Flip for Big Cash? Simple as 1,2,3… 03/09/12

I was having coffee again this week with some associates that I do a little work for from time to time and the discussion of market rate for a particular unit size in a particular area came up. Now, as a buyer’s advocate, my idea of what something is worth and what a selling agent thinks its worth are two very different things. I tend to build market instability and urgent resale options in to a price where they will talk about demonstrated growth and upswinging markets. Somewhere between the two views sits the truth and when we get there, in most cases, a deal is done.

This discussion wasn’t about doing a deal though. It was more about qualifying if a deal that had been done was any good. Let me explain. This associate had just penned 15 off the plan contracts for 15 separate apartments to one buyer, at what appeared to be 60% of their projected market value. In anyone’s terms 15 purchases in one hit is a big number, irrespective of the value represented. At the end of the day you have to settle all 15 contracts and banks and lenders get a little jittery when you pull stunts like this.

The thing is this associate has no intention of keeping all 15. Sure they intend to settle the contracts when the properties become available, however by the time the settlement happens they have every intention of having unloaded the properties on to the next buyer at a profit. This is commonly referred to as a “flip” in the property market and happens more often than you think. Let me give you an example.

You buy a 2 bedroom apartment for $200,000, that is valued at $300,000, and leave a very small deposit, say $5000. The property will take 12 months to be built so you have to fund the $5000 deposit for that time at 10 % interest. So it costs you $500 for the year. You then advertise the unit for sale off the plan 6 months later at $275,000, letting all of the buyer’s know that it is valued at $300,000. Someone decides saving $25,000 is a good thing and a deal is done. The property then comes through to settlement time and you and the second purchaser settle the property on the same day. You pay stamp duty and settlement costs, however because the purchase was really early off the plan, your costs total about $3000. So effectively you have spent $3500, and made$75,000. That’s about $71,500 profit, in 12 months, without having to get a loan or approach a bank or pay a mortgage.

Now, the first question I get here is why would a builder sell a unit for 60% of its value? This might happen if you bought 15 of them at once and he had 150 to sell before a bank would give him the money for the project. So if you bought 15, and it cost you $52,500 to service the deposits and settle the stamp duties and costs, you would stand to make approximately $1,072,500 gross in 12 months without ever really going to a bank for a house loan.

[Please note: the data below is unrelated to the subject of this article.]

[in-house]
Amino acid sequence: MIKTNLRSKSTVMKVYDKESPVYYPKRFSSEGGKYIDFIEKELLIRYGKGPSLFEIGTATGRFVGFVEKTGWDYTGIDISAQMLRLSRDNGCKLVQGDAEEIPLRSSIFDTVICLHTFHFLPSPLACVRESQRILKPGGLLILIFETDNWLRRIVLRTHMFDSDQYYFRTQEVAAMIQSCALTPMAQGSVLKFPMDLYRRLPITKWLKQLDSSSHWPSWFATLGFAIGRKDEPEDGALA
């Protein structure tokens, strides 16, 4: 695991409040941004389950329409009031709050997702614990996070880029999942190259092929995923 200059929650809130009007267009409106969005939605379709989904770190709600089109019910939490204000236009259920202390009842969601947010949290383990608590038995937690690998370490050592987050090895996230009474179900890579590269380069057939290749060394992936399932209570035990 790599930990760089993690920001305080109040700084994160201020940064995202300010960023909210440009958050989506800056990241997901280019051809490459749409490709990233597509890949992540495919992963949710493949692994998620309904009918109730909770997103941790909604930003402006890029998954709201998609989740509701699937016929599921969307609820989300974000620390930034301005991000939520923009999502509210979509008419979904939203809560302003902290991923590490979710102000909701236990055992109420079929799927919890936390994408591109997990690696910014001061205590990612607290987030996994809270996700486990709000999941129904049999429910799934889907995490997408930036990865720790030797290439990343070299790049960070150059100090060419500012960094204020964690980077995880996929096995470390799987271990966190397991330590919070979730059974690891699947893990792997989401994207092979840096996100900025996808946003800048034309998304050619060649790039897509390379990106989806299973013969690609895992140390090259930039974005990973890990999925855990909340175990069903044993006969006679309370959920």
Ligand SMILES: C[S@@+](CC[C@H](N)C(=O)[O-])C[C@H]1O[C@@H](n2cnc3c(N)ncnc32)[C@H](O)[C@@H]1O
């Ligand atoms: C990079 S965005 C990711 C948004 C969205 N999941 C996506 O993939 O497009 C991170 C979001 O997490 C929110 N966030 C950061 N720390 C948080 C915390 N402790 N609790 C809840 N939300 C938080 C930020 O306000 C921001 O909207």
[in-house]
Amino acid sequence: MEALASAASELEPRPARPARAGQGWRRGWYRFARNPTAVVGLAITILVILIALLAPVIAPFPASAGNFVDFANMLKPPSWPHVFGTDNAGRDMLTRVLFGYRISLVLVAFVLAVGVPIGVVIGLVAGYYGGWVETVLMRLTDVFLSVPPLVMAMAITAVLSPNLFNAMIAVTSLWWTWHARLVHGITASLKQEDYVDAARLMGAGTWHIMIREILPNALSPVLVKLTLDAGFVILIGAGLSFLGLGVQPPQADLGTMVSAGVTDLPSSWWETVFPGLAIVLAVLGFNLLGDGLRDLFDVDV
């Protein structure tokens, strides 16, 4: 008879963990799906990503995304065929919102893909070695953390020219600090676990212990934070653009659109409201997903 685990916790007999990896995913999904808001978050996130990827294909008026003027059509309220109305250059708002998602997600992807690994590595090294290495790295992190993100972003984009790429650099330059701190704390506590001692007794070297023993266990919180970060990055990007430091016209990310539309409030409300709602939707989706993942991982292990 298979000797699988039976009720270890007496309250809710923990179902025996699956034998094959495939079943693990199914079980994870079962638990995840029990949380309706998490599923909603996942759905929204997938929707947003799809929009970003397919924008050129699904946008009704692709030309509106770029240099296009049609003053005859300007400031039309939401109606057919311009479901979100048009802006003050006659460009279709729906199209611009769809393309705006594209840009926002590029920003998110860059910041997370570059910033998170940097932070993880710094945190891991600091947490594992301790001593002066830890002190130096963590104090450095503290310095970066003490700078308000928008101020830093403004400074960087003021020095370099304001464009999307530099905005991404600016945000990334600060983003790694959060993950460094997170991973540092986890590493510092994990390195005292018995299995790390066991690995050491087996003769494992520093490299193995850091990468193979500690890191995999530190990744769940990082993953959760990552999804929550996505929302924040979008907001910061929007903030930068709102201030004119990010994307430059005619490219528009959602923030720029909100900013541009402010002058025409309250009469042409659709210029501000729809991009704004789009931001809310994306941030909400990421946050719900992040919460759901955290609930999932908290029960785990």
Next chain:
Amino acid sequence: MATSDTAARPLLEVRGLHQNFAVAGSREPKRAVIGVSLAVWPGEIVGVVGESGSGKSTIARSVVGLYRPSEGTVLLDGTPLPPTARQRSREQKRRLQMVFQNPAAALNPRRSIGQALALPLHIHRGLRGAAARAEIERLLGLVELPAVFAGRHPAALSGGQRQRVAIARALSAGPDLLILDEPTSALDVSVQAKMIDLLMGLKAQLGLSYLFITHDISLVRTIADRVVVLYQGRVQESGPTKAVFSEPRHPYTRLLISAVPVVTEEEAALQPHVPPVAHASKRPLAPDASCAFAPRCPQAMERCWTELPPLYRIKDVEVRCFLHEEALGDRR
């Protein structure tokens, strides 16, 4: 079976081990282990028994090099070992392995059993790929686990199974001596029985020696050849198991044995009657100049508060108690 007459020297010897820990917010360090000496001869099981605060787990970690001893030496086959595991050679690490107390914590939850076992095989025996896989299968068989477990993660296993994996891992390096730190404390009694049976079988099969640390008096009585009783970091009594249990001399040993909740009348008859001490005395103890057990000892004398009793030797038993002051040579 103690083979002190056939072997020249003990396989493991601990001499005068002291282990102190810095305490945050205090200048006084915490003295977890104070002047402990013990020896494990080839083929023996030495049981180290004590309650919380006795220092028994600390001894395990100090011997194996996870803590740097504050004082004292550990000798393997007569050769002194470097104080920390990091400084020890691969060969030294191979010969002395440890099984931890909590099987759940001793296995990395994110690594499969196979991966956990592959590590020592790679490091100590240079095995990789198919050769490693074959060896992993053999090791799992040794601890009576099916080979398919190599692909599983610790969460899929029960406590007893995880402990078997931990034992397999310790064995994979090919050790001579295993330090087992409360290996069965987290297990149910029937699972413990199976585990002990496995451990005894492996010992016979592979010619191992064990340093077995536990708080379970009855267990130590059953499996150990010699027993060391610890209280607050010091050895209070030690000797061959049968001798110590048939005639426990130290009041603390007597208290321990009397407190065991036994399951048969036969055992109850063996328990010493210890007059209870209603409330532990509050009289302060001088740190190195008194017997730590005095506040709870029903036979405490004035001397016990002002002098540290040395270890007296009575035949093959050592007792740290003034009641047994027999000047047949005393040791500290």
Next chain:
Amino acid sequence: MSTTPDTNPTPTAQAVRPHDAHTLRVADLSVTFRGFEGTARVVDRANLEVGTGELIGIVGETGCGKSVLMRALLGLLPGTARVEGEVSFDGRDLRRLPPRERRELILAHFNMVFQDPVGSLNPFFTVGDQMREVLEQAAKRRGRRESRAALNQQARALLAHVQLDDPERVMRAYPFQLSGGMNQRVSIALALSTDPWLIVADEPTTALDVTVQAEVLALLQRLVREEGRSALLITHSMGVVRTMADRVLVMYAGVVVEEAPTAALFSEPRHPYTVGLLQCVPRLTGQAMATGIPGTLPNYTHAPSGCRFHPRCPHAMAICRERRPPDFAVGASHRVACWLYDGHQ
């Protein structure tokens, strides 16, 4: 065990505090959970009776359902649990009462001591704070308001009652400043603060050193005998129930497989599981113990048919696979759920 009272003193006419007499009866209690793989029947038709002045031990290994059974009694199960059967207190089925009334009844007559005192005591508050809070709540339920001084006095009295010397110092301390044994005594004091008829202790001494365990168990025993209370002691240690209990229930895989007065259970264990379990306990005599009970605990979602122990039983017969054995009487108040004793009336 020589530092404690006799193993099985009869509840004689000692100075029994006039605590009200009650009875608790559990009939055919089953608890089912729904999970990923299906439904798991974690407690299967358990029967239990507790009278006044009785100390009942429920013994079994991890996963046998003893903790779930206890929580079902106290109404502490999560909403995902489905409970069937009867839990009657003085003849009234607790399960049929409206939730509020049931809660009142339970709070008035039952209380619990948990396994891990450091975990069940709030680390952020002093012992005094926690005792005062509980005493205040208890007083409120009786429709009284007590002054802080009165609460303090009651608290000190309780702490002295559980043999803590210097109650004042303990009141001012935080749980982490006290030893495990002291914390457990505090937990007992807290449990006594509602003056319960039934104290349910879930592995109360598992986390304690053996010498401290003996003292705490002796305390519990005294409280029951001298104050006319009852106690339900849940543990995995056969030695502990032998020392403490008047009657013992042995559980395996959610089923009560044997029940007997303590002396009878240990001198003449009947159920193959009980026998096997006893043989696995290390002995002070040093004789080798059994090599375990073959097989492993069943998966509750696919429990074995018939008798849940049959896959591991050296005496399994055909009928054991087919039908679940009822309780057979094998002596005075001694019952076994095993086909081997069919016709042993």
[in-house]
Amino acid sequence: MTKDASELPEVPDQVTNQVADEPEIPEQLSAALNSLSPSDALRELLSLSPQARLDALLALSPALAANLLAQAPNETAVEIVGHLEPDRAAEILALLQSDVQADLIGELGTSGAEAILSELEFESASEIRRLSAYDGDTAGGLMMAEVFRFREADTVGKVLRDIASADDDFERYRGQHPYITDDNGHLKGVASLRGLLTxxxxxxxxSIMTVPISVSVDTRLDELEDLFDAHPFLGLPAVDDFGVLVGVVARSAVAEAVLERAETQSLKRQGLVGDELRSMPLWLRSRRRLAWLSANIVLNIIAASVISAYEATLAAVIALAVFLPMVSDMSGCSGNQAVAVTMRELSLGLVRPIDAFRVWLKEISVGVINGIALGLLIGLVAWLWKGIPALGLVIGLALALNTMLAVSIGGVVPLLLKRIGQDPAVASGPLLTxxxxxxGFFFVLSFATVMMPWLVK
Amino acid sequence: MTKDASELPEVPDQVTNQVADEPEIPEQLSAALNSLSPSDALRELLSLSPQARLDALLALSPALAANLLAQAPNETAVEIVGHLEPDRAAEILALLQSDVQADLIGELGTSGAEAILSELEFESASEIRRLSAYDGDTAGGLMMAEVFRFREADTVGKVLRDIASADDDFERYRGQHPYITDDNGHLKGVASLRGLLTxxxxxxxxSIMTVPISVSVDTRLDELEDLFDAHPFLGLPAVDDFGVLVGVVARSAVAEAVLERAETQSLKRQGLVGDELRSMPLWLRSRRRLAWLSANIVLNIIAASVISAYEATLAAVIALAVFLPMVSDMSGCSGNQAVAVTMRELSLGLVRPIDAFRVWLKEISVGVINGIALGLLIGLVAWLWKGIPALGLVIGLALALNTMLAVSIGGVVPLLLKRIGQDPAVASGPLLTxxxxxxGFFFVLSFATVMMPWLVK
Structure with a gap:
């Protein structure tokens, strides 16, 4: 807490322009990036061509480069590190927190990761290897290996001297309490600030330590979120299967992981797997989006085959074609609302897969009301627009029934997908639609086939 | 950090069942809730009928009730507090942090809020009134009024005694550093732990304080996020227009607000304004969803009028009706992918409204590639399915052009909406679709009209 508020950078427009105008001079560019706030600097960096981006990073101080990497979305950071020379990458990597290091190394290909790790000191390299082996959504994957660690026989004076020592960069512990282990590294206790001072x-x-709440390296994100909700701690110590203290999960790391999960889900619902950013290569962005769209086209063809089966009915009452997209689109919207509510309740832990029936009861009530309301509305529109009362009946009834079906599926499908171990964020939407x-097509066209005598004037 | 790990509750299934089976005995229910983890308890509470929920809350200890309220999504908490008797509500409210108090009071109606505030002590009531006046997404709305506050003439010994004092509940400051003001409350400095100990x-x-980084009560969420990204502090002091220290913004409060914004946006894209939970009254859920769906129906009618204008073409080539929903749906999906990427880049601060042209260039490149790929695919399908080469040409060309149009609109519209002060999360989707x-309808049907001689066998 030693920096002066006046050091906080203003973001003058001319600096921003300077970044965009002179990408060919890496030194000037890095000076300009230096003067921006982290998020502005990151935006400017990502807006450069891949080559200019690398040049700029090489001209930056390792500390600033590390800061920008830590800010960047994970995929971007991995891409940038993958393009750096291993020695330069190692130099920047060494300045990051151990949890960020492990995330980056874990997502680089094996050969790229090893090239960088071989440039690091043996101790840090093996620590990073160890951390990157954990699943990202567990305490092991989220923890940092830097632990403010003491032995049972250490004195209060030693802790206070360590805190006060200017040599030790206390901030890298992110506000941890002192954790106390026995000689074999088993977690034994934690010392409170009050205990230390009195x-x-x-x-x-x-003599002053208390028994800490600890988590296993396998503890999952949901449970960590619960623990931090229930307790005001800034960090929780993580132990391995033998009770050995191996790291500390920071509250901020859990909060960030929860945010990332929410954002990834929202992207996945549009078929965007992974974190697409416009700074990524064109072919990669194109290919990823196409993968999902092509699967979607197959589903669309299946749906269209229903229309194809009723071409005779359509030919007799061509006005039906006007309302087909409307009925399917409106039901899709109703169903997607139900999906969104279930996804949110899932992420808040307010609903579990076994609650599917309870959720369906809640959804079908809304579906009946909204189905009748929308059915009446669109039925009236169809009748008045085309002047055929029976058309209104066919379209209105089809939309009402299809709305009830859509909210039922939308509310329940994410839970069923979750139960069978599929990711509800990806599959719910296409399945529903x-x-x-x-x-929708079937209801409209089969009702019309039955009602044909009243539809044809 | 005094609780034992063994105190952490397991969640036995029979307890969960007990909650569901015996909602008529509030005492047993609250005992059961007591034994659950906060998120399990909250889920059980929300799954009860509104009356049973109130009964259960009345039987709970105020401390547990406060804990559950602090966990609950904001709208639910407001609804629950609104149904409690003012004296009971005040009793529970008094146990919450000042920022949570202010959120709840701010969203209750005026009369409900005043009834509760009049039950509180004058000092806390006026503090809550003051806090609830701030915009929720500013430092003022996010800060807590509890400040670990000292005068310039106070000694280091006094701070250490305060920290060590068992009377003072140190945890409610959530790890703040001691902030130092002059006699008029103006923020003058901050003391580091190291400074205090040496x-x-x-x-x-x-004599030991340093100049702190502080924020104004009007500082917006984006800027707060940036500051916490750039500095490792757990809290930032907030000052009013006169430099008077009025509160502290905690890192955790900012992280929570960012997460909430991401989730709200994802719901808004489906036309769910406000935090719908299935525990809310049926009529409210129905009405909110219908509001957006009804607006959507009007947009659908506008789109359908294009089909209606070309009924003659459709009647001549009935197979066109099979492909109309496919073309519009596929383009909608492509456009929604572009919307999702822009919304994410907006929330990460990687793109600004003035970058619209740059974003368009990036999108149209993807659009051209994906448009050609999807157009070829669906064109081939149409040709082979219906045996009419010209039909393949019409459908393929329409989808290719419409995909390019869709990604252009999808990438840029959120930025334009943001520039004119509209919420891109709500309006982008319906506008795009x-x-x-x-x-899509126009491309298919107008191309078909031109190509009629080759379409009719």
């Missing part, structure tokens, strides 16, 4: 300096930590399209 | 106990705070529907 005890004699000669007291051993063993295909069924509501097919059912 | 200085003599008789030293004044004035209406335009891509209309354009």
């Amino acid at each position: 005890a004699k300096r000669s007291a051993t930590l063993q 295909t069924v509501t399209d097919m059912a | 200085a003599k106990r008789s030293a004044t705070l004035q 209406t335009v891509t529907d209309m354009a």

It sounds really easy, however the thing to remember with ALL real estate methodology is, the greater the reward, the greater the risk. It is ALWAYS a risk reward balance. With this situation, what if you don’t sell all the properties in time? What if the market shifts and the properties are valued at what you paid for them or, heaven forbid, less! When you sign a contract of sale, you are responsible and liable to settle the property for the agreed sum. If you fail to do so you lose your deposit and the seller can sue you for the difference between what they sell it for and what you promised to pay.

The reality of the flip is that in most cases the “discount” may only be as good as 10-15%. You would then factor in capital growth and the added dollars a project brings when a buyer can actually “touch” a property closer to finish. This may really only give you a 20% buffer. However if it pays off 20% of $500,000 is $100,000 and that’s a year’s wage to most. Get it wrong and you stand to lose that at a minimum, and it has the capacity to take your other investments with it. There is a time in the market to play this game, knowing when, as with all things, is the difference between success and failure, and this one is all about timing.  As always, negotiate hard, but fair. Have fun and buy well.

Garry McPherson

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